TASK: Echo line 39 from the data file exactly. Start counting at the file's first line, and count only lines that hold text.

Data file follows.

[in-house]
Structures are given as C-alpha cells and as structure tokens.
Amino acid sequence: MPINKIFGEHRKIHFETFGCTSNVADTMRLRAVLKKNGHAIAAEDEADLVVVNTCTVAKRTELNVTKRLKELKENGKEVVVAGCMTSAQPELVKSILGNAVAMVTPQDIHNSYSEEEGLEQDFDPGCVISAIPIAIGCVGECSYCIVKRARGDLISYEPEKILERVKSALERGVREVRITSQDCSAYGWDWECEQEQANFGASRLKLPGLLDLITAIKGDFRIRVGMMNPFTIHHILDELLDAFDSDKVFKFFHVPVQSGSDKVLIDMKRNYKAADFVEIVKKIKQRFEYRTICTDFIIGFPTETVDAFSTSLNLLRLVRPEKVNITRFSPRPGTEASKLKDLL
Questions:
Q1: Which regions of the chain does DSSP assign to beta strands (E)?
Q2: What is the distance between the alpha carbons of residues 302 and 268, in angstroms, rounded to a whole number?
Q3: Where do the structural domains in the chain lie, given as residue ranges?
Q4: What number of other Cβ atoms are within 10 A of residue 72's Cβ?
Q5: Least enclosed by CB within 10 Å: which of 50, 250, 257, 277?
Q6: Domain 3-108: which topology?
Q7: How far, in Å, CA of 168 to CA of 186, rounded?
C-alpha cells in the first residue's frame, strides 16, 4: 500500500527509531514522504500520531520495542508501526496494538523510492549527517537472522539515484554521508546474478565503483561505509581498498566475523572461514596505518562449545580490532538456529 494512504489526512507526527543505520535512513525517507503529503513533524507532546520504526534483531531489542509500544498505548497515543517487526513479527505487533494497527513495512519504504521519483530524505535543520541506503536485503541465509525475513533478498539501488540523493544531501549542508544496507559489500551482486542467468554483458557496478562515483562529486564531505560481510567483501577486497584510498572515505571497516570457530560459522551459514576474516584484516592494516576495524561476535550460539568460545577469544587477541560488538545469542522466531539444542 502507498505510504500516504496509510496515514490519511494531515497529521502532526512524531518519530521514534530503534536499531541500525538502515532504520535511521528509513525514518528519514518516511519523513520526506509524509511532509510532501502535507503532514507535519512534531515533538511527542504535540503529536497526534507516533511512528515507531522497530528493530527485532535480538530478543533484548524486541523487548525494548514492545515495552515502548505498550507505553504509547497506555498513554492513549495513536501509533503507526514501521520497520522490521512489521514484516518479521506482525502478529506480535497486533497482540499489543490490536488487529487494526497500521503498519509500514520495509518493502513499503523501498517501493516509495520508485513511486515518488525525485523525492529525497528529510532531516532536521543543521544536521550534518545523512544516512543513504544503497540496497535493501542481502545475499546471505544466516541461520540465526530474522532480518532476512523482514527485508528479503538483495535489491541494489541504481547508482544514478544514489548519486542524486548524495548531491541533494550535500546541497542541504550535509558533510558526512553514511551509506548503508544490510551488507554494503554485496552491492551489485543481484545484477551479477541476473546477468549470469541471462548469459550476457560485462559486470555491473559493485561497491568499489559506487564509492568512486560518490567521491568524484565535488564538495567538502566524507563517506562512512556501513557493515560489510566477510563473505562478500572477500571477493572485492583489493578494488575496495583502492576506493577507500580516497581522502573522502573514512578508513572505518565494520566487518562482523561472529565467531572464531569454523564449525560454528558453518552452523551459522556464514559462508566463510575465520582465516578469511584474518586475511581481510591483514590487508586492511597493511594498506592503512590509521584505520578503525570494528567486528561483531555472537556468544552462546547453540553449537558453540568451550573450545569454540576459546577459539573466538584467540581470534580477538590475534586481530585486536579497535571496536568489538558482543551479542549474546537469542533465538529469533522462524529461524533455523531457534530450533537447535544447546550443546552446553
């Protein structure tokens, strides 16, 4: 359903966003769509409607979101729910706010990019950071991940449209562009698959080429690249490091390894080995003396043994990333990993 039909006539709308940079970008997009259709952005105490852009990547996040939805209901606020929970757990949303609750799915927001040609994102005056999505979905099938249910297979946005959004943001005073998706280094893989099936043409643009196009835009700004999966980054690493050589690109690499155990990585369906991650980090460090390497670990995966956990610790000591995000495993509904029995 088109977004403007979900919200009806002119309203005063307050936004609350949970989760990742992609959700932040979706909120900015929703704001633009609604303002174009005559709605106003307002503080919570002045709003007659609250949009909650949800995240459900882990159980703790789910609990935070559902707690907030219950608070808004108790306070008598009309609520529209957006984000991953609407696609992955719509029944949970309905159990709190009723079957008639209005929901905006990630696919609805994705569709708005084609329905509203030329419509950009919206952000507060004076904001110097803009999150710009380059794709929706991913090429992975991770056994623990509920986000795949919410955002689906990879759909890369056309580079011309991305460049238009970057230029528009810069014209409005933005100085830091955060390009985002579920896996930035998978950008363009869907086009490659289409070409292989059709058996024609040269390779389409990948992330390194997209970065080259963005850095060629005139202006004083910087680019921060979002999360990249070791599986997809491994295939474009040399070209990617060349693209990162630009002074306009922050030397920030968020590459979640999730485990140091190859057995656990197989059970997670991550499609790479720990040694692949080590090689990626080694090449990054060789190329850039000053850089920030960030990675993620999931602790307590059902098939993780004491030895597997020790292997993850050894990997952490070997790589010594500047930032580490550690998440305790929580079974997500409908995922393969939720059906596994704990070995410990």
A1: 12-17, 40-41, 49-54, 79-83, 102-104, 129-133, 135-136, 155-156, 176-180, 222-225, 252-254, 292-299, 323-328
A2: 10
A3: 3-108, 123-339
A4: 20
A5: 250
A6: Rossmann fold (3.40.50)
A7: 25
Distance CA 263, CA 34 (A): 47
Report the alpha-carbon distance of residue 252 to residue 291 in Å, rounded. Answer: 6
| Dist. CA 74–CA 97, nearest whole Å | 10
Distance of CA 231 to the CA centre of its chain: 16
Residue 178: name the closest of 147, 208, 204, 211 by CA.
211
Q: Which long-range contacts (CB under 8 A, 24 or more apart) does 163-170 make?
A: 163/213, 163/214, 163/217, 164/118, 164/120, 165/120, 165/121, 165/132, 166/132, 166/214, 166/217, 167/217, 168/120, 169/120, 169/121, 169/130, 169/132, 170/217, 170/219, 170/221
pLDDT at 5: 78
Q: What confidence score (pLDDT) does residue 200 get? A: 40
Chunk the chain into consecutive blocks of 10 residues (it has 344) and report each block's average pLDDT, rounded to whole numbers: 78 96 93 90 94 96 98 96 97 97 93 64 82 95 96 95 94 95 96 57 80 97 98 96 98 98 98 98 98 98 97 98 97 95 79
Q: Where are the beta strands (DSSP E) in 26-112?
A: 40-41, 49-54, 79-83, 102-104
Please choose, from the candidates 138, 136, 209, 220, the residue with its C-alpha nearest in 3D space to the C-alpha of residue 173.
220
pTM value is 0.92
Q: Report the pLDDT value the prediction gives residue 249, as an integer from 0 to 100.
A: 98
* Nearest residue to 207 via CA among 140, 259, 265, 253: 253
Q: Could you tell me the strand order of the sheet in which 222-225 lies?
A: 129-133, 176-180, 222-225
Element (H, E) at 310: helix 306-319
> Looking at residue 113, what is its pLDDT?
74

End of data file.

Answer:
* Nearest residue to 207 via CA among 140, 259, 265, 253: 253